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Land use and cover effects on an ecosystem engineer

Duncan, Sarah I., Pynne, J.T., Parsons, Elizabeth I., Fletcher, Robert J., Austin, James D., Castleberry, Steven B., Conner, L. Mike, Gitzen, Robert A., Barbour, Michael, McCleery, Robert A.
Forest ecology and management 2020 v.456 pp. 117642
Geomys, Pinus palustris, data collection, ecosystem engineers, ecosystems, forest management, forests, gophers, humans, land use change, landscapes, models, planning, surveys, urban areas, urbanization, Southeastern United States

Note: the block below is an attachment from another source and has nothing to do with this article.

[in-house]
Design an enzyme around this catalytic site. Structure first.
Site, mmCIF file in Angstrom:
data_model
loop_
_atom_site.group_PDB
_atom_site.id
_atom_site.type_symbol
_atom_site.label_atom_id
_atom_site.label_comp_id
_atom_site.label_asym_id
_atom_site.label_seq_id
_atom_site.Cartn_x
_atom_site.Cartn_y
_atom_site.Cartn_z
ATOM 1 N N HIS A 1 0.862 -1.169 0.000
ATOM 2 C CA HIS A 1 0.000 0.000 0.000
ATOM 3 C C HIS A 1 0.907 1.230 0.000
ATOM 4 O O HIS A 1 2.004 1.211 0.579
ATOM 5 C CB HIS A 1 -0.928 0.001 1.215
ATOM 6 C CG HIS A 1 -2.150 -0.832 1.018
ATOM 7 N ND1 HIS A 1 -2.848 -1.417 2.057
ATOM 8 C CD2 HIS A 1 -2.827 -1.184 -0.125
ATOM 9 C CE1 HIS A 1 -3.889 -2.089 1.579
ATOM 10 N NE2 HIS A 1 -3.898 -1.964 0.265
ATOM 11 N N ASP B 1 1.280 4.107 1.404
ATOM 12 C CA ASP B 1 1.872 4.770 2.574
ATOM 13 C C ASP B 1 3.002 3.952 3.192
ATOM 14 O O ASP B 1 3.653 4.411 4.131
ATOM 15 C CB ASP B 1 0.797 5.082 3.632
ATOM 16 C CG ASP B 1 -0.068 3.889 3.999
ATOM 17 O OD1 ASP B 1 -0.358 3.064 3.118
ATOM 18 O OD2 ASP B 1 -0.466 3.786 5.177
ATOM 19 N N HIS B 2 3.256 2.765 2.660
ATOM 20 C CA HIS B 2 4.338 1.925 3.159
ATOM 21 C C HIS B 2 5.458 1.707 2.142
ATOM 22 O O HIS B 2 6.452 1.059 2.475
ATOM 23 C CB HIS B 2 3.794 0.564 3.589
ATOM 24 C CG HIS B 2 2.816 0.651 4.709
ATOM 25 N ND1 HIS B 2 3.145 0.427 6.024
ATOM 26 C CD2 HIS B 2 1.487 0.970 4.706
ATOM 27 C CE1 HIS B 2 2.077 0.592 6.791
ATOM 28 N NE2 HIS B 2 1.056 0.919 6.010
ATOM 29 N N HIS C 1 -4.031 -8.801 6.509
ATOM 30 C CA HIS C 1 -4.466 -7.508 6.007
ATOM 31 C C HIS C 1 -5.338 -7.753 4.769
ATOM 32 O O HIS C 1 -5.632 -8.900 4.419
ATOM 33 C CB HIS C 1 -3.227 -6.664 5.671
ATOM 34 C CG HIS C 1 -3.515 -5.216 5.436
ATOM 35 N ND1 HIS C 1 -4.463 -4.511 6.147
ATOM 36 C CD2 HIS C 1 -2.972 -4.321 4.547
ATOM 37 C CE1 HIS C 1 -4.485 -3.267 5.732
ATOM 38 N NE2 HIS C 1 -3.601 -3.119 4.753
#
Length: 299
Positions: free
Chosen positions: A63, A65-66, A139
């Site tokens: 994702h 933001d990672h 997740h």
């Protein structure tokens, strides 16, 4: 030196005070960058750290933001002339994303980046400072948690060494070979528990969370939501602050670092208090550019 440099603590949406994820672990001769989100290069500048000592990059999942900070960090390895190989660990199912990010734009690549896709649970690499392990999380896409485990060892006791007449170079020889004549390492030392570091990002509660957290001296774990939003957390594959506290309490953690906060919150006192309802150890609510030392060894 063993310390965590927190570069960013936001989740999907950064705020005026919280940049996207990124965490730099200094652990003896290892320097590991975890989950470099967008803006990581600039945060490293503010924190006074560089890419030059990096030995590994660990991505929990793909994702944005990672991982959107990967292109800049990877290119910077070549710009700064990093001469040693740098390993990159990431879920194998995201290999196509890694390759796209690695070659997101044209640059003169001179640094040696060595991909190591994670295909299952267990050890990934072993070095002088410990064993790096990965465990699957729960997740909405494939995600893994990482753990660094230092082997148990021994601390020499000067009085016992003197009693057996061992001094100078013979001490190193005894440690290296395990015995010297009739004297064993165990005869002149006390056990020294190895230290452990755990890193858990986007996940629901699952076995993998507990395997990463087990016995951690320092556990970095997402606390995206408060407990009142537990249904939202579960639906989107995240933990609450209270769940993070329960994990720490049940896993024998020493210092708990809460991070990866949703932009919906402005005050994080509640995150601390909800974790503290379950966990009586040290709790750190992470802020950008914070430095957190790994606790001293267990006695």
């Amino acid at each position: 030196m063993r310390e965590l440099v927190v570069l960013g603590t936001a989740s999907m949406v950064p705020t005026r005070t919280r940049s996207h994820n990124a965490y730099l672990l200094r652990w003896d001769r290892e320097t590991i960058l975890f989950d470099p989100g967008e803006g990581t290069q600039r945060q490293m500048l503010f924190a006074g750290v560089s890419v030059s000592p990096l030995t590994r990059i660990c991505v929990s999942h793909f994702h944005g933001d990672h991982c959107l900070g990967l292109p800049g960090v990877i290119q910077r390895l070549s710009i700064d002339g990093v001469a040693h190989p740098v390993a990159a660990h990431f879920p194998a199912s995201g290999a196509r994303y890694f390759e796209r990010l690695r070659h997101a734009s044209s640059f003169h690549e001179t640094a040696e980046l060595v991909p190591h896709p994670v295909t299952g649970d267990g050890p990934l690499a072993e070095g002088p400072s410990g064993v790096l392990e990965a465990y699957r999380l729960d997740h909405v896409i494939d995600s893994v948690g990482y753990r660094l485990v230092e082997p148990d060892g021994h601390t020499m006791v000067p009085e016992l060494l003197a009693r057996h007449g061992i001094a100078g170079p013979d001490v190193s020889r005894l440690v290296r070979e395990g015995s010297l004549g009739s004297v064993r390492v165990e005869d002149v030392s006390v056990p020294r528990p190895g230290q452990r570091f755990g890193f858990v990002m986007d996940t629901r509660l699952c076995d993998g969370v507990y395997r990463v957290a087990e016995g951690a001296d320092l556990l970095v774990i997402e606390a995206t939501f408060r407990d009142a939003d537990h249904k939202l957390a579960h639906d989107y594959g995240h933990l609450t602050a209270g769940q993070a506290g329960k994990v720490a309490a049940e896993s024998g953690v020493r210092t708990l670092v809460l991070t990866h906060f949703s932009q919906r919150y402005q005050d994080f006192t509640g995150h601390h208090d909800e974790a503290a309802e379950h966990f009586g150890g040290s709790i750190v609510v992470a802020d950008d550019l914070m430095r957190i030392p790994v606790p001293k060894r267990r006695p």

Human induced land-use change in the form of urbanization and agriculture are rapidly transforming our planet’s terrestrial landscapes and causing the loss of species at unprecedented rates. Studies documenting the impacts of development are extensive; however, less is known about the scale at which species respond to development and specific features of altered landscapes that make them vulnerable. This shortcoming may be due to the difficulty of collecting data across large spatial extents, but filling these information gaps are critical, particularly for species that have a disproportionate influence on ecosystems, such as ecosystem engineers. One such species, the southeastern pocket gopher (Geomys pinetis), has been declining throughout its range (southeastern United States) and continued loss will likely have strong effects on the imperiled longleaf pine ecosystem in which it is closely associated. Using range-wide data from presence-absence surveys and publicly available presence-only data, we used recent advances in species distribution modeling to understand this ecosystem engineer’s associations with extensive land use and cover changes. Our study showed that pocket gophers inhabit a variety of land-use types, including regions with low levels of anthropogenic development, but are largely absent from intensely urbanized areas and closed-canopy forests. Conservation planning to reduce the spread of extensive development and forest management strategies to reduce closed-canopy systems will be instrumental in reducing the decline of the species and ultimately protection of the longleaf pine ecosystem. The approach used in this study will be increasingly beneficial for understanding species response to land-use change.